A Sustainable Future For Apparel, Auto Parts & More
Something as simple as your t-shirt is not so simple after all. From the cotton, to the yarn, to the fabric, to the sewing and shipping, it takes dozens of steps, often in multiple far-away countries, before it gets to you. And even though the global apparel market tops $1.7 trillion dollars, the human and environmental costs are much higher. Awareness of the true costs of fashion are driving a movement toward sustainable clothing and regional supply chains that minimize environmental damage and pay workers fairly. Hemp — used for thousands of years to make clothing — is back, and has an important role to play in this new vision for the way our clothes are made.
Past and Future: Hemp Textiles in PA
The history of hemp textiles in America begins in PA. In 1683 William Penn declared hemp a staple crop for the colony. With its abundant, fertile farmland, PA grew hemp for clothing, rope, sails and more for hundreds of years.
Today, entrepreneurs and researchers in Pennsylvania are using hemp to manufacture sustainable fabric for apparel, and non-woven materials ideal for carbon-neutral car parts and products such as biodegradable wet wipes.
PA is positioned to be a leader in sustainable materials development and manufacturing. Let’s make Pennsylvania a hub for hemp textile technology, environmentally friendly auto parts, household goods and much more.
Ready To Start Your PA Hemp Textiles Business?
A grant from the Pennsylvania Department of Agriculture has made it possible for PAHIC to provide entrepreneurs with downloadable financial models and pitch deck templates to get your project investment-ready. Let’s get started!
Investment and government support is critical to bringing commercial hemp fiber production back to Pennsylvania.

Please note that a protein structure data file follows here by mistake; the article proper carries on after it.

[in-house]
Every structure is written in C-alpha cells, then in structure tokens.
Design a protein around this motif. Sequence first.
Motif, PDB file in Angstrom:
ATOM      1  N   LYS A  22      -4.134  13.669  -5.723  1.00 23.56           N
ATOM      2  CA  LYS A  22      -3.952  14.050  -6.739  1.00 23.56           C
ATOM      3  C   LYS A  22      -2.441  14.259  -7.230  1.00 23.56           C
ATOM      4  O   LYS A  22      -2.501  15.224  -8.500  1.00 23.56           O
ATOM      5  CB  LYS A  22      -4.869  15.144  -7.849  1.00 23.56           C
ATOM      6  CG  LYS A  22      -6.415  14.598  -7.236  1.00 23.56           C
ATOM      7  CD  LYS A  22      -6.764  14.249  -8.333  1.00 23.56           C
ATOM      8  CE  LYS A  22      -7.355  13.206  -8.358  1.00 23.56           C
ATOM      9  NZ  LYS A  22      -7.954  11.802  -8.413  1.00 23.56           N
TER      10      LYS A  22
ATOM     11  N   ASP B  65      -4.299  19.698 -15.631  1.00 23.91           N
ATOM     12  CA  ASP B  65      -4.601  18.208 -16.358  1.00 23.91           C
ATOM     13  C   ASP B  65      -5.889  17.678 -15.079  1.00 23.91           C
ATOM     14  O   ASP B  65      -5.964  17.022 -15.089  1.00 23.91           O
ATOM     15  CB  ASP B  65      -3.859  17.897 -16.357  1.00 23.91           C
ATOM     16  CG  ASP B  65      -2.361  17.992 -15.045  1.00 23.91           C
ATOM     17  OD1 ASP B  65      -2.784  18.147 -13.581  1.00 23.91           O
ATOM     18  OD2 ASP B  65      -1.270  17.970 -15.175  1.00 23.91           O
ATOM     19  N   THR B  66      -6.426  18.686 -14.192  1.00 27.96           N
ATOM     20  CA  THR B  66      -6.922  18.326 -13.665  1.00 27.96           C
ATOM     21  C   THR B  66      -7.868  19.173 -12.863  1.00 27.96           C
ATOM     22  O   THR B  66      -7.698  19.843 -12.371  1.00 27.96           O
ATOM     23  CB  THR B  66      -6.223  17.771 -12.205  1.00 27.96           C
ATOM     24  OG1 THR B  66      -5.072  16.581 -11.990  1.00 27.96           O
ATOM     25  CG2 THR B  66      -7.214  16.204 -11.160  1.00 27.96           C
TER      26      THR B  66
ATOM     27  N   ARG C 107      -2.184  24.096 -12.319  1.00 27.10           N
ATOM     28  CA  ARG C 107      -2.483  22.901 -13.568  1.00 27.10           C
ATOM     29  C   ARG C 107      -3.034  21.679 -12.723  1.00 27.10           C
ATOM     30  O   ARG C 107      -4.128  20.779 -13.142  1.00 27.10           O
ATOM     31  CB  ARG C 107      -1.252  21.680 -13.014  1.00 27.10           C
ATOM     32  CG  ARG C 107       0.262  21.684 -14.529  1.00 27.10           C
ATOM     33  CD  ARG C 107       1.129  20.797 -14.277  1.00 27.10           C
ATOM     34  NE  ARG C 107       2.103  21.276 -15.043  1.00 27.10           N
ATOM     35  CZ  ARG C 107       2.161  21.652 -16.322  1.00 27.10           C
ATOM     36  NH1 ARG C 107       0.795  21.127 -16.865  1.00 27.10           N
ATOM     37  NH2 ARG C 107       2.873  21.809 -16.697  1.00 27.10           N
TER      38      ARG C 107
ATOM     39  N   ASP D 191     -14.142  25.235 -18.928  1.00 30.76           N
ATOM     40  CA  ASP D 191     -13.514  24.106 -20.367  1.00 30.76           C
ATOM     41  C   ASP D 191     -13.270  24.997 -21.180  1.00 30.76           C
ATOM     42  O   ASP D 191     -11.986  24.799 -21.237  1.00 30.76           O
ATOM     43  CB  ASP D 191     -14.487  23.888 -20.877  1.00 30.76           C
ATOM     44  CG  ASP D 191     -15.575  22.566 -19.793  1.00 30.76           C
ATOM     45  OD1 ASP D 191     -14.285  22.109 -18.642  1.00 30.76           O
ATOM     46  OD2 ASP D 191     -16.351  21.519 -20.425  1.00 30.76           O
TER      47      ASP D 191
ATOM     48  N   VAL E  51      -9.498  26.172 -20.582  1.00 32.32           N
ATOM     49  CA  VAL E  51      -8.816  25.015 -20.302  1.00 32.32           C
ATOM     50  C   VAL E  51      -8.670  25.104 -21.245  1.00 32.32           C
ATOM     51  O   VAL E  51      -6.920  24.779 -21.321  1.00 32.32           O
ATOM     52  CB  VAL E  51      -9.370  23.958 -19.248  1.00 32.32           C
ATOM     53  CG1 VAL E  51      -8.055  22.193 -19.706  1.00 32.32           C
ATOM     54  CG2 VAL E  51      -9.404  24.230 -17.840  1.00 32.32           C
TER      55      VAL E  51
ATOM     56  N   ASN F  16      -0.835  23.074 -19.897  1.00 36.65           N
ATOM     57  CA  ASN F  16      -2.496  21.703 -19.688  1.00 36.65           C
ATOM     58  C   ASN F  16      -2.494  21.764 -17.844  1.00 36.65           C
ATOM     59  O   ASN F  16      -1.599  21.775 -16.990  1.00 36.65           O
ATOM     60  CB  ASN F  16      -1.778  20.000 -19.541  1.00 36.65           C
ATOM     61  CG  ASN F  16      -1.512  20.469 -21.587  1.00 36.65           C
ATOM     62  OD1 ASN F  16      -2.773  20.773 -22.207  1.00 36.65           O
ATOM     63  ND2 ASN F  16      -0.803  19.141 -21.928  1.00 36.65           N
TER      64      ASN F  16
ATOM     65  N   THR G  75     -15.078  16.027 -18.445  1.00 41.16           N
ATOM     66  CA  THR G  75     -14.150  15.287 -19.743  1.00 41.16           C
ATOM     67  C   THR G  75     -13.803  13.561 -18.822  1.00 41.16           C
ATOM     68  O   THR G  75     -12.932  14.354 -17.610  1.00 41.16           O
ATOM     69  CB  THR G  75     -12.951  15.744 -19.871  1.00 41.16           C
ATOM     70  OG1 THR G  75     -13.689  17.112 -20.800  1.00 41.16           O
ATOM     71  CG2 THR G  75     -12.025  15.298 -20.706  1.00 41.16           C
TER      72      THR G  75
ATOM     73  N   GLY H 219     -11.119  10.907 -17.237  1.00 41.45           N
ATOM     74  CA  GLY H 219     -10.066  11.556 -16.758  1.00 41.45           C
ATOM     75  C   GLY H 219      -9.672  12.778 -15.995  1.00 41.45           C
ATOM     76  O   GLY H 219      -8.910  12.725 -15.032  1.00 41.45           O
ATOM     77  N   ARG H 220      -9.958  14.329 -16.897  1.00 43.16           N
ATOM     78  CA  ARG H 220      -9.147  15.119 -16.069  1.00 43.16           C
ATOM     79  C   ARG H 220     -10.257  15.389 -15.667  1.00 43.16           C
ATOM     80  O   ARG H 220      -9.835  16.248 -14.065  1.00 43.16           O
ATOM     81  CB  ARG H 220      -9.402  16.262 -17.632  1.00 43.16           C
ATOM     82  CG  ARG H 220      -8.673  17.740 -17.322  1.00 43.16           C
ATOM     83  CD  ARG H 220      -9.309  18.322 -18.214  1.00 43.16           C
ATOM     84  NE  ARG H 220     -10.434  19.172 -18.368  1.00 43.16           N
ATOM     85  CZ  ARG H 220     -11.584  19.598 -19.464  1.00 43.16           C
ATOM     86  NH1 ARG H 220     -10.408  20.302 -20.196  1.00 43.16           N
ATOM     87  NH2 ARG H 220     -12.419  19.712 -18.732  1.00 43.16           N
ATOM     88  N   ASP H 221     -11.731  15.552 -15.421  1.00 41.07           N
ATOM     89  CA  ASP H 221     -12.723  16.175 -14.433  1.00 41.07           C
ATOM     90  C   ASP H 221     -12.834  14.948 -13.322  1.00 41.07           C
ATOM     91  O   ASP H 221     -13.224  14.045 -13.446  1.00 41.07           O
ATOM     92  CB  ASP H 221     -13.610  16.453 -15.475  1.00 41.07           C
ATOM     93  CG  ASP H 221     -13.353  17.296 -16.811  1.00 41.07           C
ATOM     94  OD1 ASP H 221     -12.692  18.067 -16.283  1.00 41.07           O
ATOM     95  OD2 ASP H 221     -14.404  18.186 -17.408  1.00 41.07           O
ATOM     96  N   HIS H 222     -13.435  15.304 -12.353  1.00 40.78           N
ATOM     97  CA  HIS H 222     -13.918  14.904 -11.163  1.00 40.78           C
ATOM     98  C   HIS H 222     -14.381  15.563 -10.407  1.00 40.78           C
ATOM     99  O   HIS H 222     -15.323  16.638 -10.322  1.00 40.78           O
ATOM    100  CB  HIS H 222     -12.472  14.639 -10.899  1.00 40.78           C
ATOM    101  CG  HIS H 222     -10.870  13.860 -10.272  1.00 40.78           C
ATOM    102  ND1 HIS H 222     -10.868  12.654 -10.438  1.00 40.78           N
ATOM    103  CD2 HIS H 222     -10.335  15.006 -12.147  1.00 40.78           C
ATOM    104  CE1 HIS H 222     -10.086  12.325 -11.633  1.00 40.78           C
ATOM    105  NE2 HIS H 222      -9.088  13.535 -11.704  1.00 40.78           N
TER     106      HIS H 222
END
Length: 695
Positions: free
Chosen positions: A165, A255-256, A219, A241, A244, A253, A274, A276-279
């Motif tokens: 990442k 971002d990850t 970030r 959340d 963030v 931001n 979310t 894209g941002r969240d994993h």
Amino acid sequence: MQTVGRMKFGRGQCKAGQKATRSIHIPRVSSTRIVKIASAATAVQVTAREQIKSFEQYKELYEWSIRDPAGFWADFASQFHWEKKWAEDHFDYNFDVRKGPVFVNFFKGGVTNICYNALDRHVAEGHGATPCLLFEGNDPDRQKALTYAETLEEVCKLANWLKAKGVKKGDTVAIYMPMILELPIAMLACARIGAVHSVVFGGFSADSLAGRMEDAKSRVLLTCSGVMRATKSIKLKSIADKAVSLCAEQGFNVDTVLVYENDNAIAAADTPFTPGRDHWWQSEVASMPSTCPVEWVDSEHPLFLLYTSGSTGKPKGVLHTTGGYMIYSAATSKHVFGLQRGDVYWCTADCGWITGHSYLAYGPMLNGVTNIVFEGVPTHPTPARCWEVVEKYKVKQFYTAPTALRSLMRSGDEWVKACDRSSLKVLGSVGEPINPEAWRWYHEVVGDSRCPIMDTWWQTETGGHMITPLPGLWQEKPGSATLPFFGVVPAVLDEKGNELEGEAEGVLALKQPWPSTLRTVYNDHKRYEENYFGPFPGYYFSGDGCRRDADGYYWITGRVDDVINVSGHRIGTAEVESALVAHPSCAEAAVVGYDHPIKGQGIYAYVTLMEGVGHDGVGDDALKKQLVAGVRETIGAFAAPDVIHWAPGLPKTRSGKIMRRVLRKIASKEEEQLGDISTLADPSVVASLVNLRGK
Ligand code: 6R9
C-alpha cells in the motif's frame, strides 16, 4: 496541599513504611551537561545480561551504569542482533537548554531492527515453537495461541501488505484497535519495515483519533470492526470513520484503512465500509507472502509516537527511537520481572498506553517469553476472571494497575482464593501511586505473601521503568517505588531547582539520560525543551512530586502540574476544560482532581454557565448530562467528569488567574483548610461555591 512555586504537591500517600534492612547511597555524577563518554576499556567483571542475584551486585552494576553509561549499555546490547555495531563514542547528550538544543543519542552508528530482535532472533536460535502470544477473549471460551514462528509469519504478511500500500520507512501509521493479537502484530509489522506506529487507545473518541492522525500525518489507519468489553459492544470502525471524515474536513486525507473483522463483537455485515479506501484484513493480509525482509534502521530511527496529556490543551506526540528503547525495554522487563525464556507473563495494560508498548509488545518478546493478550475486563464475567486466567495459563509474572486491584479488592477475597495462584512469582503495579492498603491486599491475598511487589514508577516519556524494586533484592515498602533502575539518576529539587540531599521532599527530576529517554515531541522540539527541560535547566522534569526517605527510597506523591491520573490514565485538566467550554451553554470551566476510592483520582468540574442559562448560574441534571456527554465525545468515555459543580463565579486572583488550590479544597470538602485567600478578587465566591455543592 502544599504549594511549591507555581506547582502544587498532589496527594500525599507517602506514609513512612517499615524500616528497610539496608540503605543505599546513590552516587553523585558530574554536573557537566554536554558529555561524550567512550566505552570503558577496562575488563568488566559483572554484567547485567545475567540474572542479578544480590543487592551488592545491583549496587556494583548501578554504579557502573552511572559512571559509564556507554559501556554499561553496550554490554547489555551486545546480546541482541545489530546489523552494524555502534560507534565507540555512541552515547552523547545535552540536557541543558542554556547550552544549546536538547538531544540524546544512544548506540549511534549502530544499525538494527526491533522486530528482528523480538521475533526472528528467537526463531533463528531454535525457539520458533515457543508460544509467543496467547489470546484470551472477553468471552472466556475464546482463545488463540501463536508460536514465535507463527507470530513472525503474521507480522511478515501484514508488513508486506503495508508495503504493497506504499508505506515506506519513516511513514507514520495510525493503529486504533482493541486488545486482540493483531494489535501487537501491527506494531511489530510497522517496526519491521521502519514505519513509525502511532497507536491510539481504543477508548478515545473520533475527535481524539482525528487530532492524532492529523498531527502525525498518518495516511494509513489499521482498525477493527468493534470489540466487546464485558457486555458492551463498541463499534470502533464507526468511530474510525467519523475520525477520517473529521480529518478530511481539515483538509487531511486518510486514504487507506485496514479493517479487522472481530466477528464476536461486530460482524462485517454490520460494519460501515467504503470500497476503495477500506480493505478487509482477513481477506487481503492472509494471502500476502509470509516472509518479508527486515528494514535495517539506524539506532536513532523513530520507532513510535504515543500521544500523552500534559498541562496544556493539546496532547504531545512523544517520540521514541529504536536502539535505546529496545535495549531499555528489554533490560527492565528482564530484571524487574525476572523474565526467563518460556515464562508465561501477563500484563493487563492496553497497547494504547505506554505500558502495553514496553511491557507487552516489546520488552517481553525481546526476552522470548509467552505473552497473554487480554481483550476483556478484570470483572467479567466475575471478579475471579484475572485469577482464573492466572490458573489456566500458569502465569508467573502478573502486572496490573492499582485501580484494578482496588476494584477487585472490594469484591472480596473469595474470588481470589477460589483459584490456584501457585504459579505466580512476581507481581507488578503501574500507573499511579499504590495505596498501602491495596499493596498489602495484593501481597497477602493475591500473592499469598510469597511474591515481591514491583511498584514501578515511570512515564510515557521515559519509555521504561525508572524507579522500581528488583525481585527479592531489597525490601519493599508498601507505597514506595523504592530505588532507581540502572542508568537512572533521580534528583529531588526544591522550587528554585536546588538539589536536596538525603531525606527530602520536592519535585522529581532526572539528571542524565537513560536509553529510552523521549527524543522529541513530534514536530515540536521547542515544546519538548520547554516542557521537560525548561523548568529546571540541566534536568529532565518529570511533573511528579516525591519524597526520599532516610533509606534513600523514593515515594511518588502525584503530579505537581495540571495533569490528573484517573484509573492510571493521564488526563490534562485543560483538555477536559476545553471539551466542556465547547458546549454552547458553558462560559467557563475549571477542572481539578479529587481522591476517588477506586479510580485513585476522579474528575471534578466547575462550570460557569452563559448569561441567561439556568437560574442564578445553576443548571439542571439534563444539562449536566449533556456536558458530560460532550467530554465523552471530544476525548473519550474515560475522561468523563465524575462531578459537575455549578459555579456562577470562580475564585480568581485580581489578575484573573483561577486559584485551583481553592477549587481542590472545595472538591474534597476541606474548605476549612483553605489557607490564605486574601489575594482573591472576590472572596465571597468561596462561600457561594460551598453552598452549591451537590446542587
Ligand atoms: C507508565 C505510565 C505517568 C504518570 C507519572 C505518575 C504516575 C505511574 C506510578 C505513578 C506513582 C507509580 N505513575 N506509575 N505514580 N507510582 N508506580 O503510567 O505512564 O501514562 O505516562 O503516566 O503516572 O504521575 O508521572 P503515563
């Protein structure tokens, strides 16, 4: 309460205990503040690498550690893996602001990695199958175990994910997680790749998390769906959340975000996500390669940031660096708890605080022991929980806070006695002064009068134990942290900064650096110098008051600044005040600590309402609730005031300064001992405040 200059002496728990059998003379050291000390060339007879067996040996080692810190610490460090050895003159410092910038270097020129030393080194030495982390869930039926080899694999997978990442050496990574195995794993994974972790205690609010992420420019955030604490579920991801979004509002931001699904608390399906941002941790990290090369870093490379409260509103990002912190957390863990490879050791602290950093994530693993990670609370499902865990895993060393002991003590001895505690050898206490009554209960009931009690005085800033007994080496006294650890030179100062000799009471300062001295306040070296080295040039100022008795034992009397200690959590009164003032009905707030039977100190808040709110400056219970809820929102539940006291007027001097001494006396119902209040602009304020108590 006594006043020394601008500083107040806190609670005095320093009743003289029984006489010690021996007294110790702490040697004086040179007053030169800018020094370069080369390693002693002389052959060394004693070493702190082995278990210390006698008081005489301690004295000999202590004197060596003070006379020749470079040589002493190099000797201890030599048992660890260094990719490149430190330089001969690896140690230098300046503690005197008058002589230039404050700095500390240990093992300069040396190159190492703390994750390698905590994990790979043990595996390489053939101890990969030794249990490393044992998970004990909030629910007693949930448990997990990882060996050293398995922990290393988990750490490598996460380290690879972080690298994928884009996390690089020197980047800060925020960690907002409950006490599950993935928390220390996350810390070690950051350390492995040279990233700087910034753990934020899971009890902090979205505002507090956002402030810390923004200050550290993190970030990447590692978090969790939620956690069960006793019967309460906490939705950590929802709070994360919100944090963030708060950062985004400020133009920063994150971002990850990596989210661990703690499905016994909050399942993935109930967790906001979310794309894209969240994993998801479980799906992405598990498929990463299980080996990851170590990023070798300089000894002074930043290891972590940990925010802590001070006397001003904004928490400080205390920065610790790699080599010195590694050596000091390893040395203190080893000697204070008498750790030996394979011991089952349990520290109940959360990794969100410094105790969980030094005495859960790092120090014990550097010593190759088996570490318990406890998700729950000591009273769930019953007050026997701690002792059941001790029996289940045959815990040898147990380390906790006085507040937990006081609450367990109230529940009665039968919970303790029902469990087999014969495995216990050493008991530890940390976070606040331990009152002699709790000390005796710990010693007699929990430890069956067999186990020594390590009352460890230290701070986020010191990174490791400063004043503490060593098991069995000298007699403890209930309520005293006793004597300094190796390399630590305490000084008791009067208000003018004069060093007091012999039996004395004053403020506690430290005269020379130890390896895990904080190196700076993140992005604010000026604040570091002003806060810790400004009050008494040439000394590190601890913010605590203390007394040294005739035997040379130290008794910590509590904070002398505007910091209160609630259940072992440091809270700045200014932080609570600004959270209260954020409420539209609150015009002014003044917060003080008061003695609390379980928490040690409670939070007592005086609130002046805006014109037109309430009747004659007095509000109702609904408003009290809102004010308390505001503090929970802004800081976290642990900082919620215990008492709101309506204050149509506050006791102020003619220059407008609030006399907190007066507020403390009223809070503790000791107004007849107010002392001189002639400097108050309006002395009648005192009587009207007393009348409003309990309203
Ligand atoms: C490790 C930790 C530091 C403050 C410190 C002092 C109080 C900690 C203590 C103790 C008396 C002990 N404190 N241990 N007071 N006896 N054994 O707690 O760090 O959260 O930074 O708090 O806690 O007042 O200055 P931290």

Industrials hemp grows tall and strong. The stalk is composed of long thin strands, called bast fibers, surrounding a woody core. These bast fibers are what was woven into some of the first known clothing on Earth, and what were used for millennia to make durable ropes and sails for ships at sea. These fibers have high tensile strength and present a valuable sustainable alternative to the polluting materials used in clothing, car parts, wet wipes, and feminine hygiene products today. Think of anything made from cotton, polyester, wood pulp or fiberglass and you’ll get an idea of what hemp is capable of. The equipment and knowhow needed to convert hemp into these products exists and is in use globally; Europe has been using hemp-based non-woven materials for auto carpeting and dash and door fills for decades. Let’s team up and make Pennsylvania the new American center for sustainable, biobased materials!
Hemp: America’s Next Natural Resource
Provided under a grant from the Pennsylvania Department of Agriculture
Join PAHIC and benefit from resources, knowledge and a community dedicated to the ongoing success of industrial hemp in Pennsylvania.